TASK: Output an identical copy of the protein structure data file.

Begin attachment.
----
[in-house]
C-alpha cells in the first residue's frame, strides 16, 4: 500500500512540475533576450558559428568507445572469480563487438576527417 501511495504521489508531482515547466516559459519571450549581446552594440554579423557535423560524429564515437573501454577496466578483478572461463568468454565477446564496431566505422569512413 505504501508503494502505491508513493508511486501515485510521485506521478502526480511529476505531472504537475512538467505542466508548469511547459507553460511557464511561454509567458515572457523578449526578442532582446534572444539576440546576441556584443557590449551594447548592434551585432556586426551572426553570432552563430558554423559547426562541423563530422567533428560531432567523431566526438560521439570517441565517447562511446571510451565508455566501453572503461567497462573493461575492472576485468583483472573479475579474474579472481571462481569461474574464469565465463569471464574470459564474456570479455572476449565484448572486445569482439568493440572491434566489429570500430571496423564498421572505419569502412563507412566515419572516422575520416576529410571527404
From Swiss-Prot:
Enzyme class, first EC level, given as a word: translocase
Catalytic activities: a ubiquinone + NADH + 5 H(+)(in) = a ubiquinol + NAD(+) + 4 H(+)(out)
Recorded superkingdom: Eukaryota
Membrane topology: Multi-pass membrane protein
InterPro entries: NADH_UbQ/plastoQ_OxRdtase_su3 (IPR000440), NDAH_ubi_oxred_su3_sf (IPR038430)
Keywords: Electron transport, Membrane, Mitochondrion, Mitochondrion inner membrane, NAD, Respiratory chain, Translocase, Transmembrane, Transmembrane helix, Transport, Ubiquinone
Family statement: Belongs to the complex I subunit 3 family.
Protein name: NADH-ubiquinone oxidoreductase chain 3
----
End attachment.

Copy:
[in-house]
C-alpha cells in the first residue's frame, strides 16, 4: 500500500512540475533576450558559428568507445572469480563487438576527417 501511495504521489508531482515547466516559459519571450549581446552594440554579423557535423560524429564515437573501454577496466578483478572461463568468454565477446564496431566505422569512413 505504501508503494502505491508513493508511486501515485510521485506521478502526480511529476505531472504537475512538467505542466508548469511547459507553460511557464511561454509567458515572457523578449526578442532582446534572444539576440546576441556584443557590449551594447548592434551585432556586426551572426553570432552563430558554423559547426562541423563530422567533428560531432567523431566526438560521439570517441565517447562511446571510451565508455566501453572503461567497462573493461575492472576485468583483472573479475579474474579472481571462481569461474574464469565465463569471464574470459564474456570479455572476449565484448572486445569482439568493440572491434566489429570500430571496423564498421572505419569502412563507412566515419572516422575520416576529410571527404
From Swiss-Prot:
Enzyme class, first EC level, given as a word: translocase
Catalytic activities: a ubiquinone + NADH + 5 H(+)(in) = a ubiquinol + NAD(+) + 4 H(+)(out)
Recorded superkingdom: Eukaryota
Membrane topology: Multi-pass membrane protein
InterPro entries: NADH_UbQ/plastoQ_OxRdtase_su3 (IPR000440), NDAH_ubi_oxred_su3_sf (IPR038430)
Keywords: Electron transport, Membrane, Mitochondrion, Mitochondrion inner membrane, NAD, Respiratory chain, Translocase, Transmembrane, Transmembrane helix, Transport, Ubiquinone
Family statement: Belongs to the complex I subunit 3 family.
Protein name: NADH-ubiquinone oxidoreductase chain 3